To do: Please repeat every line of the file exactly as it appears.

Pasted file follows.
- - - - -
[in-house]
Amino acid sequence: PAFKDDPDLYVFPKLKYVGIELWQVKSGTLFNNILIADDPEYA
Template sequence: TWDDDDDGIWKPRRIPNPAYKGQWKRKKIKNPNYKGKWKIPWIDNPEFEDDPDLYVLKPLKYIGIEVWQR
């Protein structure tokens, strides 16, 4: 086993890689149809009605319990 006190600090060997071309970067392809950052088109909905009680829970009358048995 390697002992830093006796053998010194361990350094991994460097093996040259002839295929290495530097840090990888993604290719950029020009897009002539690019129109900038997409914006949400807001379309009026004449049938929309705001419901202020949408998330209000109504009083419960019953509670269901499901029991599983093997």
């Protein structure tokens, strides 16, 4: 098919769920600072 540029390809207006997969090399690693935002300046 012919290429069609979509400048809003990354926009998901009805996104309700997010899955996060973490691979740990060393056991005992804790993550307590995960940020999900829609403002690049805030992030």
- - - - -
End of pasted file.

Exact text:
[in-house]
Amino acid sequence: PAFKDDPDLYVFPKLKYVGIELWQVKSGTLFNNILIADDPEYA
Template sequence: TWDDDDDGIWKPRRIPNPAYKGQWKRKKIKNPNYKGKWKIPWIDNPEFEDDPDLYVLKPLKYIGIEVWQR
């Protein structure tokens, strides 16, 4: 086993890689149809009605319990 006190600090060997071309970067392809950052088109909905009680829970009358048995 390697002992830093006796053998010194361990350094991994460097093996040259002839295929290495530097840090990888993604290719950029020009897009002539690019129109900038997409914006949400807001379309009026004449049938929309705001419901202020949408998330209000109504009083419960019953509670269901499901029991599983093997």
């Protein structure tokens, strides 16, 4: 098919769920600072 540029390809207006997969090399690693935002300046 012919290429069609979509400048809003990354926009998901009805996104309700997010899955996060973490691979740990060393056991005992804790993550307590995960940020999900829609403002690049805030992030």